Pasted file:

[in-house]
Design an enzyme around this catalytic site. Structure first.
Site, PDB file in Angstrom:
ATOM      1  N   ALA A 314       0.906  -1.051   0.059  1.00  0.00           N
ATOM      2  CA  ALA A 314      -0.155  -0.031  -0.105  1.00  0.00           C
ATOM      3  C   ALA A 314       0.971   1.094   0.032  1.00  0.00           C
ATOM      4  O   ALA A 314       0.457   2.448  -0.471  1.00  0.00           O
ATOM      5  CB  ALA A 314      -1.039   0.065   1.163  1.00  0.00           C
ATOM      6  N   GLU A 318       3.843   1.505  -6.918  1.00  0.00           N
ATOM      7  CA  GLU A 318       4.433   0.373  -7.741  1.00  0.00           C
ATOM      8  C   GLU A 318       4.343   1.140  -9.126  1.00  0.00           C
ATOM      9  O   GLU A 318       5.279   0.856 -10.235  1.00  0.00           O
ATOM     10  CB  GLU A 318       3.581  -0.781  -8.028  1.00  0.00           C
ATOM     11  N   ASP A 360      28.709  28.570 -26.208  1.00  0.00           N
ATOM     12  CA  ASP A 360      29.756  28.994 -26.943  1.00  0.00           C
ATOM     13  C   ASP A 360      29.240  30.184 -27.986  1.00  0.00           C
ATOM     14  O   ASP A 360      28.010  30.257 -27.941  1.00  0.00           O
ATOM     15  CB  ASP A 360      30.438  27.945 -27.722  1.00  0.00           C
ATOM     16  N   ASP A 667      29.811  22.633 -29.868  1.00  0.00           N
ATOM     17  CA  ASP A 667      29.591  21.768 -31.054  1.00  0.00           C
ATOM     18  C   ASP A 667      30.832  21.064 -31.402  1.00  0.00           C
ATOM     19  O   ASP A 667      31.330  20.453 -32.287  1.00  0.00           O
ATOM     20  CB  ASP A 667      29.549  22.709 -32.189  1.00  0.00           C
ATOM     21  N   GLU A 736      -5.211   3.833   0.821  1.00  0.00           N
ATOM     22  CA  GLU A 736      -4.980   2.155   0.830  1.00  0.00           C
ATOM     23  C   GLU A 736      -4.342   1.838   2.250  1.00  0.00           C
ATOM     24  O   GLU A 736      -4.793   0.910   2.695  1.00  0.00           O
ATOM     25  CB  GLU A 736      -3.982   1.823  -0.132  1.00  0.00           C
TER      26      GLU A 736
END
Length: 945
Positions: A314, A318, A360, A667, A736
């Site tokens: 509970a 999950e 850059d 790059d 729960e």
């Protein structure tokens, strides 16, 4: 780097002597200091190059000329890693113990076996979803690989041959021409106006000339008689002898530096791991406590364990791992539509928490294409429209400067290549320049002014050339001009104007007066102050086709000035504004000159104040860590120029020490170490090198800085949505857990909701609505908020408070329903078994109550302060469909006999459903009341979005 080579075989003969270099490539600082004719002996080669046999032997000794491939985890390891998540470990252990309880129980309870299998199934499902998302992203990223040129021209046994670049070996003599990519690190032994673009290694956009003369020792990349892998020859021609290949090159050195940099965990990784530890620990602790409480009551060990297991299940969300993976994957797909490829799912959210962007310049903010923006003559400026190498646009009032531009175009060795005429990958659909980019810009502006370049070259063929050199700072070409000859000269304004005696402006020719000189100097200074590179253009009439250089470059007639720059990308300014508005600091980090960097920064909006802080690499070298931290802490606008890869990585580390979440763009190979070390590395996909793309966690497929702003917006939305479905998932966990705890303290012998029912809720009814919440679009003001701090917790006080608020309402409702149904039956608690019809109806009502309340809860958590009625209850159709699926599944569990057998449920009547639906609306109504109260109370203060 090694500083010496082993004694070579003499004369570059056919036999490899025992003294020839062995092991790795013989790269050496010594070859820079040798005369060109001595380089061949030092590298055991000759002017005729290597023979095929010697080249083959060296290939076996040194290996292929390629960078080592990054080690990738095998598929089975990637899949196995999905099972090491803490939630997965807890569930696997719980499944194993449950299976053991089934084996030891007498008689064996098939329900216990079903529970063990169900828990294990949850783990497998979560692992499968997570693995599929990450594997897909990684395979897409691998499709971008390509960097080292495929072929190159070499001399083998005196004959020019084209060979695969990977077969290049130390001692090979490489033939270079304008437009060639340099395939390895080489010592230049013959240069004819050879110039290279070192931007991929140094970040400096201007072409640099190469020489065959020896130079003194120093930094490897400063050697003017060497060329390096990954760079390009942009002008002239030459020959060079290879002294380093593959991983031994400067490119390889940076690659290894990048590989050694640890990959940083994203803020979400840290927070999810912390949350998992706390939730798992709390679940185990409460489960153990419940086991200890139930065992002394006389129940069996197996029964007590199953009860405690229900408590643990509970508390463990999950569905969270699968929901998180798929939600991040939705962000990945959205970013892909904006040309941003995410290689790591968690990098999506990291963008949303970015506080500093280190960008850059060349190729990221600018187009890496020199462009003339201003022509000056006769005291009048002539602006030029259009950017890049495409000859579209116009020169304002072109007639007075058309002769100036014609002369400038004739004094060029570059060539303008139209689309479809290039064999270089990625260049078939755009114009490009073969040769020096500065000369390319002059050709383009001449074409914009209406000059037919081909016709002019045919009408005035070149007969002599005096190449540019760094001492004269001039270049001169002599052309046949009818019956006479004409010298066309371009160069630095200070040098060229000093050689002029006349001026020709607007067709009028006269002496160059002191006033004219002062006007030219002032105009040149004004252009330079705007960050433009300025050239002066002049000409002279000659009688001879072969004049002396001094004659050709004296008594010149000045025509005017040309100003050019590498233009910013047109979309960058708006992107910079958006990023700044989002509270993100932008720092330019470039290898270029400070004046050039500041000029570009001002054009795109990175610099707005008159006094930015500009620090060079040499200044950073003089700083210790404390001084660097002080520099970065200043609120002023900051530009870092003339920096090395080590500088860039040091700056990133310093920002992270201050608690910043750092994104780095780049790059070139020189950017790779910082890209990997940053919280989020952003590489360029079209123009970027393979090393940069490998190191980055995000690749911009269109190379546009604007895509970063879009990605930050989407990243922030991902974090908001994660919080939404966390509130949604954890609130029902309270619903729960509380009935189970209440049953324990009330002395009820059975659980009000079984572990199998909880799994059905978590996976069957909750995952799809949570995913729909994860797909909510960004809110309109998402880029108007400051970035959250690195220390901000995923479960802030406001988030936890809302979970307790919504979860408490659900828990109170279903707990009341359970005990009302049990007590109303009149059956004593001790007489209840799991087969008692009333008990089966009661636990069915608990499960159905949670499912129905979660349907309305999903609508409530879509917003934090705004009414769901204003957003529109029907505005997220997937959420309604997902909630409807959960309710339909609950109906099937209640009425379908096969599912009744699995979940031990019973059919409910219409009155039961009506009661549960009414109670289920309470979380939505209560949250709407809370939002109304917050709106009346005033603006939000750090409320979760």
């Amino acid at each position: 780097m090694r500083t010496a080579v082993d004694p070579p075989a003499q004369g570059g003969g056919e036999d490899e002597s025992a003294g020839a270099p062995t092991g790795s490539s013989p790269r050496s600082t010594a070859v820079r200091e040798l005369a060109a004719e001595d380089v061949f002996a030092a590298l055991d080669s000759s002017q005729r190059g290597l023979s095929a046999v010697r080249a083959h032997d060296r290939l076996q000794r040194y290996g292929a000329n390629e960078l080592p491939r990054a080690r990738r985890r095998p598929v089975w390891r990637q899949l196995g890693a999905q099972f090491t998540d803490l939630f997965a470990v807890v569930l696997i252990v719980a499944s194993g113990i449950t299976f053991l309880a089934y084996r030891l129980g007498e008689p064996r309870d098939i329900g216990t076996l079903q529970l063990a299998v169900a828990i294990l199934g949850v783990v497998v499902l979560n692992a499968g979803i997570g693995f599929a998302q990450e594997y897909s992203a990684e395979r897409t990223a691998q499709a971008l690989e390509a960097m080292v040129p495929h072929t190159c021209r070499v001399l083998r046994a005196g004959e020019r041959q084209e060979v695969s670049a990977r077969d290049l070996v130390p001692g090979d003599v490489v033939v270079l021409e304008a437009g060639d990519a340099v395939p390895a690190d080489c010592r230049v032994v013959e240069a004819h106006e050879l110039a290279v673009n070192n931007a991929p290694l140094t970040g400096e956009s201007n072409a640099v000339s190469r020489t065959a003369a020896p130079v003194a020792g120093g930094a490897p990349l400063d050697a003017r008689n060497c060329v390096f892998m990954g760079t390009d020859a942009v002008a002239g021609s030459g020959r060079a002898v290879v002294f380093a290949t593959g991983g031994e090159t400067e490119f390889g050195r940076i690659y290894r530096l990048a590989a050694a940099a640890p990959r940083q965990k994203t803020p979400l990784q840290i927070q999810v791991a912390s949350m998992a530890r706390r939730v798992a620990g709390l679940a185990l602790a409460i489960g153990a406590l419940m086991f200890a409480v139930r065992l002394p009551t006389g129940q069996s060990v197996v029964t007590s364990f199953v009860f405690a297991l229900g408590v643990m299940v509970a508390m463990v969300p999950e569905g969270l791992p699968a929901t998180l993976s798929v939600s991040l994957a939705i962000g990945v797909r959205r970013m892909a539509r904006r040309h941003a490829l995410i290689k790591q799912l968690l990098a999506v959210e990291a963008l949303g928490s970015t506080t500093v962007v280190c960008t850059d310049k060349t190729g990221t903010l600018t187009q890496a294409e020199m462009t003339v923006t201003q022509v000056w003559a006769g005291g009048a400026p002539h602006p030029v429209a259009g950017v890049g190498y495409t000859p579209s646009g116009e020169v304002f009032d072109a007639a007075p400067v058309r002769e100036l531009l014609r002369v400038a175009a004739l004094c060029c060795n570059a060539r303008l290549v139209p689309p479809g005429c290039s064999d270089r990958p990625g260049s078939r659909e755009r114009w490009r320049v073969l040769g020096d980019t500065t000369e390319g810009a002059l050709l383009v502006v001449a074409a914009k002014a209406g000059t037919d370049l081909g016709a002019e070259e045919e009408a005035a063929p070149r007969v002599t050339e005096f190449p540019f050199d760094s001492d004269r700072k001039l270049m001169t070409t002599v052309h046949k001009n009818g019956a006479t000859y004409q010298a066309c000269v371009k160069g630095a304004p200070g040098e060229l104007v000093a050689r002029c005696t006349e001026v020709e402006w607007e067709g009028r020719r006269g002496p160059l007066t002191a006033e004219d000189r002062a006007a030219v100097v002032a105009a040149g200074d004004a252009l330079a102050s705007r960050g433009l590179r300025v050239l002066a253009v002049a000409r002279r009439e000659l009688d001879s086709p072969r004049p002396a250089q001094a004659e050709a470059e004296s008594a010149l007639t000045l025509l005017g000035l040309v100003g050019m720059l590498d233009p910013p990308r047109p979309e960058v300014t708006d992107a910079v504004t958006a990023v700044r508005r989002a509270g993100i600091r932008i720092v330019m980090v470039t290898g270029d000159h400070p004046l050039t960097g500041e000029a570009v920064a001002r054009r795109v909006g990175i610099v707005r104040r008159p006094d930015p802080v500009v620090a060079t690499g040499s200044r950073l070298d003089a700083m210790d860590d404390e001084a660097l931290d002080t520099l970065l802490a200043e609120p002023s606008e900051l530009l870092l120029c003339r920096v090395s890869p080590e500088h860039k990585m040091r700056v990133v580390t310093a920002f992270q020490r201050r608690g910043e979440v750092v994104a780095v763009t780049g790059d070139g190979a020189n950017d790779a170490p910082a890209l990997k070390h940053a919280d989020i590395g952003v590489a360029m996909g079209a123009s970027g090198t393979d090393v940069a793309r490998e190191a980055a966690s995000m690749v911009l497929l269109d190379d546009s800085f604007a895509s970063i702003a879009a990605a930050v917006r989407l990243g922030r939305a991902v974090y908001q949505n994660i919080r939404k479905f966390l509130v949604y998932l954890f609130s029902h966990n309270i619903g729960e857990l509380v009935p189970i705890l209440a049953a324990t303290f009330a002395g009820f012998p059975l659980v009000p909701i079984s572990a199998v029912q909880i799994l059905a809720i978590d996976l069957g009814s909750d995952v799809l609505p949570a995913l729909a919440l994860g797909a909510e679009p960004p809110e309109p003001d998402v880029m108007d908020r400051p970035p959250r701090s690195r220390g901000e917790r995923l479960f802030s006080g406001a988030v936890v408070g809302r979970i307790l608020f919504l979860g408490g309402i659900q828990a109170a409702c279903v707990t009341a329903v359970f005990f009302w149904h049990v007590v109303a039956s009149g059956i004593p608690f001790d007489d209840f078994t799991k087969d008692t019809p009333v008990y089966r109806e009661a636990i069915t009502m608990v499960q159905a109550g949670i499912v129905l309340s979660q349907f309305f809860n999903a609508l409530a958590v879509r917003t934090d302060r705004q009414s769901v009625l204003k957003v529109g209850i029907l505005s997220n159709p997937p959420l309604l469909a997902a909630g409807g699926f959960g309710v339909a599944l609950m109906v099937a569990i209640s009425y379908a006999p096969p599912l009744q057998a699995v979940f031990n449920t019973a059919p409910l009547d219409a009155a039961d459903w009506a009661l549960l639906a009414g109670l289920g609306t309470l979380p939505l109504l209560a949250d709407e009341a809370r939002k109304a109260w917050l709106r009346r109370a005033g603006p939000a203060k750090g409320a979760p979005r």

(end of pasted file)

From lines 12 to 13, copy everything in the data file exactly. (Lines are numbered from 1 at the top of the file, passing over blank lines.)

ATOM      9  O   GLU A 318       5.279   0.856 -10.235  1.00  0.00           O
ATOM     10  CB  GLU A 318       3.581  -0.781  -8.028  1.00  0.00           C